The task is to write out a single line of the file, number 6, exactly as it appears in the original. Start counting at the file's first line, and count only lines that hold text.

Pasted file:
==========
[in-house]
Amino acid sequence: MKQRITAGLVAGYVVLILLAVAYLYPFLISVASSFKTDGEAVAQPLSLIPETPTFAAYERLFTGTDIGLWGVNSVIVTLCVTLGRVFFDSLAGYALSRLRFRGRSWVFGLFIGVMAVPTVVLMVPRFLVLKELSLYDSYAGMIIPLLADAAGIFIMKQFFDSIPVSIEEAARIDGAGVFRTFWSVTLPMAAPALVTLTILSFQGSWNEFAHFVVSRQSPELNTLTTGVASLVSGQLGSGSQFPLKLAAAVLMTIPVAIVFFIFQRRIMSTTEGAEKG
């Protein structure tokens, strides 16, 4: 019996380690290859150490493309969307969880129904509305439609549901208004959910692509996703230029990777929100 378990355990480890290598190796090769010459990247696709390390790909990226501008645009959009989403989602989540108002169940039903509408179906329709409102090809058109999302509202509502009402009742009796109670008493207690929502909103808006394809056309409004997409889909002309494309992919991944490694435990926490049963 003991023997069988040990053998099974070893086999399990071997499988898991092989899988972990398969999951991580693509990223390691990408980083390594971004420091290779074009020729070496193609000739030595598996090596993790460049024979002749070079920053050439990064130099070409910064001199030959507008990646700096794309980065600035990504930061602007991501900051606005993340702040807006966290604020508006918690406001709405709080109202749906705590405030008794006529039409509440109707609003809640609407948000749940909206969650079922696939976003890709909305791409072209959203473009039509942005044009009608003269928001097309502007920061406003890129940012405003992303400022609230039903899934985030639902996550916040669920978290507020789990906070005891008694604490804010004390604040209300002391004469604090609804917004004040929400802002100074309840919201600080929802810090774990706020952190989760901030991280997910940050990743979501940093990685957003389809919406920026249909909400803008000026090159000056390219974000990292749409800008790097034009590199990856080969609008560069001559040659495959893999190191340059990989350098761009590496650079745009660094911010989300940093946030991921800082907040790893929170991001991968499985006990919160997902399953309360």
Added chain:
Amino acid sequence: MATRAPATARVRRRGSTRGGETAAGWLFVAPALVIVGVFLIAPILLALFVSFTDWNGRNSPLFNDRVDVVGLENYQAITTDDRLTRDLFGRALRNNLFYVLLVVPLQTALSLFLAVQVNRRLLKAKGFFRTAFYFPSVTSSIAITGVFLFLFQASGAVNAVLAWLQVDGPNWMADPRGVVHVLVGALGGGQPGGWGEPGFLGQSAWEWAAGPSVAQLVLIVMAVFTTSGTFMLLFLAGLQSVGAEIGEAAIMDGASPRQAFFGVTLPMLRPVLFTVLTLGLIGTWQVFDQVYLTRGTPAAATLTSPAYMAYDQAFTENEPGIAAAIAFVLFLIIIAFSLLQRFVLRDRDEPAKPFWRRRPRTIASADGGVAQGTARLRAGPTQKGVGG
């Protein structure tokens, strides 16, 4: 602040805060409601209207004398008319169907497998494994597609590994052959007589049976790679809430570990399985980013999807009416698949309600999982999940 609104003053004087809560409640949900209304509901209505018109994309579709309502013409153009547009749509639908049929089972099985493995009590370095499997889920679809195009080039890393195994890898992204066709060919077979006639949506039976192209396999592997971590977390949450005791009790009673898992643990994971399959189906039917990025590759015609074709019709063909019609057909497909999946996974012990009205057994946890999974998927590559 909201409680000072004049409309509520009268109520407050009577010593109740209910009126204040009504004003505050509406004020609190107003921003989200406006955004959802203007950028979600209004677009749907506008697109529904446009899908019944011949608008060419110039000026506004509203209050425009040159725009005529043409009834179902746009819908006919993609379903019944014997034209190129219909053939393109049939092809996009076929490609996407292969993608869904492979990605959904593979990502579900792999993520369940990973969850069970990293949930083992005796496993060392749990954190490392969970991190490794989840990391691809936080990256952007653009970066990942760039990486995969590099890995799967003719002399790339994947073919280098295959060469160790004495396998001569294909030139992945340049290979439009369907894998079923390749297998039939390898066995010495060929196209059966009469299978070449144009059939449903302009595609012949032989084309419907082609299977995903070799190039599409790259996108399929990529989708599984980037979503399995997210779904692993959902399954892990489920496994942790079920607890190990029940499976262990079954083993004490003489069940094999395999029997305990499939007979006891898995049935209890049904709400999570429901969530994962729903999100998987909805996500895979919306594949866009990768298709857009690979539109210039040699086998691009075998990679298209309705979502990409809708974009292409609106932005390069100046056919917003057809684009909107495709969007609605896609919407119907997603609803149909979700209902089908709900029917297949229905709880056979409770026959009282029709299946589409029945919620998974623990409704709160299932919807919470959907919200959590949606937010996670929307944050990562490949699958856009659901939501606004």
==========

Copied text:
């Protein structure tokens, strides 16, 4: 602040805060409601209207004398008319169907497998494994597609590994052959007589049976790679809430570990399985980013999807009416698949309600999982999940 609104003053004087809560409640949900209304509901209505018109994309579709309502013409153009547009749509639908049929089972099985493995009590370095499997889920679809195009080039890393195994890898992204066709060919077979006639949506039976192209396999592997971590977390949450005791009790009673898992643990994971399959189906039917990025590759015609074709019709063909019609057909497909999946996974012990009205057994946890999974998927590559 909201409680000072004049409309509520009268109520407050009577010593109740209910009126204040009504004003505050509406004020609190107003921003989200406006955004959802203007950028979600209004677009749907506008697109529904446009899908019944011949608008060419110039000026506004509203209050425009040159725009005529043409009834179902746009819908006919993609379903019944014997034209190129219909053939393109049939092809996009076929490609996407292969993608869904492979990605959904593979990502579900792999993520369940990973969850069970990293949930083992005796496993060392749990954190490392969970991190490794989840990391691809936080990256952007653009970066990942760039990486995969590099890995799967003719002399790339994947073919280098295959060469160790004495396998001569294909030139992945340049290979439009369907894998079923390749297998039939390898066995010495060929196209059966009469299978070449144009059939449903302009595609012949032989084309419907082609299977995903070799190039599409790259996108399929990529989708599984980037979503399995997210779904692993959902399954892990489920496994942790079920607890190990029940499976262990079954083993004490003489069940094999395999029997305990499939007979006891898995049935209890049904709400999570429901969530994962729903999100998987909805996500895979919306594949866009990768298709857009690979539109210039040699086998691009075998990679298209309705979502990409809708974009292409609106932005390069100046056919917003057809684009909107495709969007609605896609919407119907997603609803149909979700209902089908709900029917297949229905709880056979409770026959009282029709299946589409029945919620998974623990409704709160299932919807919470959907919200959590949606937010996670929307944050990562490949699958856009659901939501606004």